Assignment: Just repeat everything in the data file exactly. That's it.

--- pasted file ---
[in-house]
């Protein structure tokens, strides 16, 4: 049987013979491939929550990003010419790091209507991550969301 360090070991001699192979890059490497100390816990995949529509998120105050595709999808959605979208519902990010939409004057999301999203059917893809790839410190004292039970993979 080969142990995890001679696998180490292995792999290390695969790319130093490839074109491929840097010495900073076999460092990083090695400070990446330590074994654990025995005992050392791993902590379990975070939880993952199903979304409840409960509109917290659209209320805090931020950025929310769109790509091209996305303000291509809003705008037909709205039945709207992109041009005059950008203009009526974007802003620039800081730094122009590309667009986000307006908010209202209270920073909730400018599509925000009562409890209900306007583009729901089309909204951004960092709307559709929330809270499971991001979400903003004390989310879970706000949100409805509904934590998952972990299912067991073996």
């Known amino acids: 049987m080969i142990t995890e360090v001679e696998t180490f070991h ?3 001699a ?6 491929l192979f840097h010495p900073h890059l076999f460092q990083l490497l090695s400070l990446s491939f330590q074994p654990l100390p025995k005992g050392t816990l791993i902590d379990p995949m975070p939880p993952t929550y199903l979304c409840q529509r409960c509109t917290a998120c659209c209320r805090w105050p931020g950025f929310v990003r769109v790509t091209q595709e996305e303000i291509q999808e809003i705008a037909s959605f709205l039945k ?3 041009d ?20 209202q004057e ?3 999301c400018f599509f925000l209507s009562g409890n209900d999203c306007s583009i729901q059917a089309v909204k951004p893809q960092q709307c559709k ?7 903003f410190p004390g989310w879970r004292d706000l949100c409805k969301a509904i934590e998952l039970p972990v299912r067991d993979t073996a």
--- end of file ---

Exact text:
[in-house]
């Protein structure tokens, strides 16, 4: 049987013979491939929550990003010419790091209507991550969301 360090070991001699192979890059490497100390816990995949529509998120105050595709999808959605979208519902990010939409004057999301999203059917893809790839410190004292039970993979 080969142990995890001679696998180490292995792999290390695969790319130093490839074109491929840097010495900073076999460092990083090695400070990446330590074994654990025995005992050392791993902590379990975070939880993952199903979304409840409960509109917290659209209320805090931020950025929310769109790509091209996305303000291509809003705008037909709205039945709207992109041009005059950008203009009526974007802003620039800081730094122009590309667009986000307006908010209202209270920073909730400018599509925000009562409890209900306007583009729901089309909204951004960092709307559709929330809270499971991001979400903003004390989310879970706000949100409805509904934590998952972990299912067991073996």
């Known amino acids: 049987m080969i142990t995890e360090v001679e696998t180490f070991h ?3 001699a ?6 491929l192979f840097h010495p900073h890059l076999f460092q990083l490497l090695s400070l990446s491939f330590q074994p654990l100390p025995k005992g050392t816990l791993i902590d379990p995949m975070p939880p993952t929550y199903l979304c409840q529509r409960c509109t917290a998120c659209c209320r805090w105050p931020g950025f929310v990003r769109v790509t091209q595709e996305e303000i291509q999808e809003i705008a037909s959605f709205l039945k ?3 041009d ?20 209202q004057e ?3 999301c400018f599509f925000l209507s009562g409890n209900d999203c306007s583009i729901q059917a089309v909204k951004p893809q960092q709307c559709k ?7 903003f410190p004390g989310w879970r004292d706000l949100c409805k969301a509904i934590e998952l039970p972990v299912r067991d993979t073996a």